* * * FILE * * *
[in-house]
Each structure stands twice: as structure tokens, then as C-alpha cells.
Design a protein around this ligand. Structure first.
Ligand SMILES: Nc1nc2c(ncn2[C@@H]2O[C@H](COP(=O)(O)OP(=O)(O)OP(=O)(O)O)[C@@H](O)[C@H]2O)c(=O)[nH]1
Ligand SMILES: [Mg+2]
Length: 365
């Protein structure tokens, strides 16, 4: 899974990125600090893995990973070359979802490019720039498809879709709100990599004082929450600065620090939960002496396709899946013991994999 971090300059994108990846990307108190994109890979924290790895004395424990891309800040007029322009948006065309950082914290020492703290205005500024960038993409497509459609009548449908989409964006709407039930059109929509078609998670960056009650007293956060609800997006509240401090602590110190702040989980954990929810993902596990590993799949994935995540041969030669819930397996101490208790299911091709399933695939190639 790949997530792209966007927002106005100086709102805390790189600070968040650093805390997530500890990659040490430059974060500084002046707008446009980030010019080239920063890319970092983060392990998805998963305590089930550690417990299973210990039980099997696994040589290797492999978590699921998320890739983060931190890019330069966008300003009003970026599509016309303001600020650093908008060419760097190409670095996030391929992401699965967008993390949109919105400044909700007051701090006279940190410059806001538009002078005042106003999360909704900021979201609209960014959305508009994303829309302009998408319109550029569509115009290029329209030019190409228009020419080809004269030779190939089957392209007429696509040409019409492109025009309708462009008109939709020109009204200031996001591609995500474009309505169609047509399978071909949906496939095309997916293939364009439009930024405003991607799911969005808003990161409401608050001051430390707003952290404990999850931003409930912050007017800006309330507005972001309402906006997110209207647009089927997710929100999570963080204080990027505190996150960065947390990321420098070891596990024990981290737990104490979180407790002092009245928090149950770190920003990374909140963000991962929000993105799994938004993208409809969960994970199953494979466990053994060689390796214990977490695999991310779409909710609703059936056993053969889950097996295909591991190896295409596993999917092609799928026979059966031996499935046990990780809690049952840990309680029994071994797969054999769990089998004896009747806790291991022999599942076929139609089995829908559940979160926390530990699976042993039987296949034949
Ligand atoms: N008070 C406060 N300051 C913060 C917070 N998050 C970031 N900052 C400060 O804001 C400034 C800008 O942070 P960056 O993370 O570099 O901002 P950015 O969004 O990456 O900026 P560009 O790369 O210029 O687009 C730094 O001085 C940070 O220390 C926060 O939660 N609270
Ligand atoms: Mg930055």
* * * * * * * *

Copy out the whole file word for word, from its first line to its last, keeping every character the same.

[in-house]
Each structure stands twice: as structure tokens, then as C-alpha cells.
Design a protein around this ligand. Structure first.
Ligand SMILES: Nc1nc2c(ncn2[C@@H]2O[C@H](COP(=O)(O)OP(=O)(O)OP(=O)(O)O)[C@@H](O)[C@H]2O)c(=O)[nH]1
Ligand SMILES: [Mg+2]
Length: 365
């Protein structure tokens, strides 16, 4: 899974990125600090893995990973070359979802490019720039498809879709709100990599004082929450600065620090939960002496396709899946013991994999 971090300059994108990846990307108190994109890979924290790895004395424990891309800040007029322009948006065309950082914290020492703290205005500024960038993409497509459609009548449908989409964006709407039930059109929509078609998670960056009650007293956060609800997006509240401090602590110190702040989980954990929810993902596990590993799949994935995540041969030669819930397996101490208790299911091709399933695939190639 790949997530792209966007927002106005100086709102805390790189600070968040650093805390997530500890990659040490430059974060500084002046707008446009980030010019080239920063890319970092983060392990998805998963305590089930550690417990299973210990039980099997696994040589290797492999978590699921998320890739983060931190890019330069966008300003009003970026599509016309303001600020650093908008060419760097190409670095996030391929992401699965967008993390949109919105400044909700007051701090006279940190410059806001538009002078005042106003999360909704900021979201609209960014959305508009994303829309302009998408319109550029569509115009290029329209030019190409228009020419080809004269030779190939089957392209007429696509040409019409492109025009309708462009008109939709020109009204200031996001591609995500474009309505169609047509399978071909949906496939095309997916293939364009439009930024405003991607799911969005808003990161409401608050001051430390707003952290404990999850931003409930912050007017800006309330507005972001309402906006997110209207647009089927997710929100999570963080204080990027505190996150960065947390990321420098070891596990024990981290737990104490979180407790002092009245928090149950770190920003990374909140963000991962929000993105799994938004993208409809969960994970199953494979466990053994060689390796214990977490695999991310779409909710609703059936056993053969889950097996295909591991190896295409596993999917092609799928026979059966031996499935046990990780809690049952840990309680029994071994797969054999769990089998004896009747806790291991022999599942076929139609089995829908559940979160926390530990699976042993039987296949034949
Ligand atoms: N008070 C406060 N300051 C913060 C917070 N998050 C970031 N900052 C400060 O804001 C400034 C800008 O942070 P960056 O993370 O570099 O901002 P950015 O969004 O990456 O900026 P560009 O790369 O210029 O687009 C730094 O001085 C940070 O220390 C926060 O939660 N609270
Ligand atoms: Mg930055």